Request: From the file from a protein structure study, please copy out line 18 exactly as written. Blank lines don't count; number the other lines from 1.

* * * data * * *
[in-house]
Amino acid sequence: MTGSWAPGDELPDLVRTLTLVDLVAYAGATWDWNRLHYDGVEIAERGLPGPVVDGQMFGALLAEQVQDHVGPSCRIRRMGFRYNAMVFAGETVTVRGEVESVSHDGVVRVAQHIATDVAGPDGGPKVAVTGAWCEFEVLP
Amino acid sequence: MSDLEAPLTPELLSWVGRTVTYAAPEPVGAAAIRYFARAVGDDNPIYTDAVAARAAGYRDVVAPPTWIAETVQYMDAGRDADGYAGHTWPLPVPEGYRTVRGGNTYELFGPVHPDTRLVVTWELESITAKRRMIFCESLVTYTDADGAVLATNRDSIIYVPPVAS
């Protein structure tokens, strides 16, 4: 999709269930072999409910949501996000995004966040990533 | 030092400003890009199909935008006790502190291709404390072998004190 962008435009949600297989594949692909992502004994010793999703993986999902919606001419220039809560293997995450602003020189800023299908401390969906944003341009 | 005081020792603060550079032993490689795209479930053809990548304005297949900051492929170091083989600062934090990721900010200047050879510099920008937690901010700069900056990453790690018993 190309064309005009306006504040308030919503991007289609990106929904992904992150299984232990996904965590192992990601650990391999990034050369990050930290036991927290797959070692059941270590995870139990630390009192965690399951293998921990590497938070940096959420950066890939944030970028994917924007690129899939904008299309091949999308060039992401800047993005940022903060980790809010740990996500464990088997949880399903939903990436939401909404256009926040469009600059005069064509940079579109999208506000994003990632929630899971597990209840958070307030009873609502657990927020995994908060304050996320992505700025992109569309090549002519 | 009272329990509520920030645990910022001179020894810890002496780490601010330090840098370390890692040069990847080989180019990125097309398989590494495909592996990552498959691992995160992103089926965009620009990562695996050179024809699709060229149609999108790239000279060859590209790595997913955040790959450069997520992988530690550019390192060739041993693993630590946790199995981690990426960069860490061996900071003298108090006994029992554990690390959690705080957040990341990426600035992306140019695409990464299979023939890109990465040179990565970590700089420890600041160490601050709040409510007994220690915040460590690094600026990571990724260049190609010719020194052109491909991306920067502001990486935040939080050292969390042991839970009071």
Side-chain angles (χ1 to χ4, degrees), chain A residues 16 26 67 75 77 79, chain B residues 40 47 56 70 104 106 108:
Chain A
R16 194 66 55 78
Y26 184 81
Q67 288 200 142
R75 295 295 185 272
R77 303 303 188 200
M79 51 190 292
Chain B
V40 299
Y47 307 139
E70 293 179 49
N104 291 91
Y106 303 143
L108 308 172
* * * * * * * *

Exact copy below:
Y106 303 143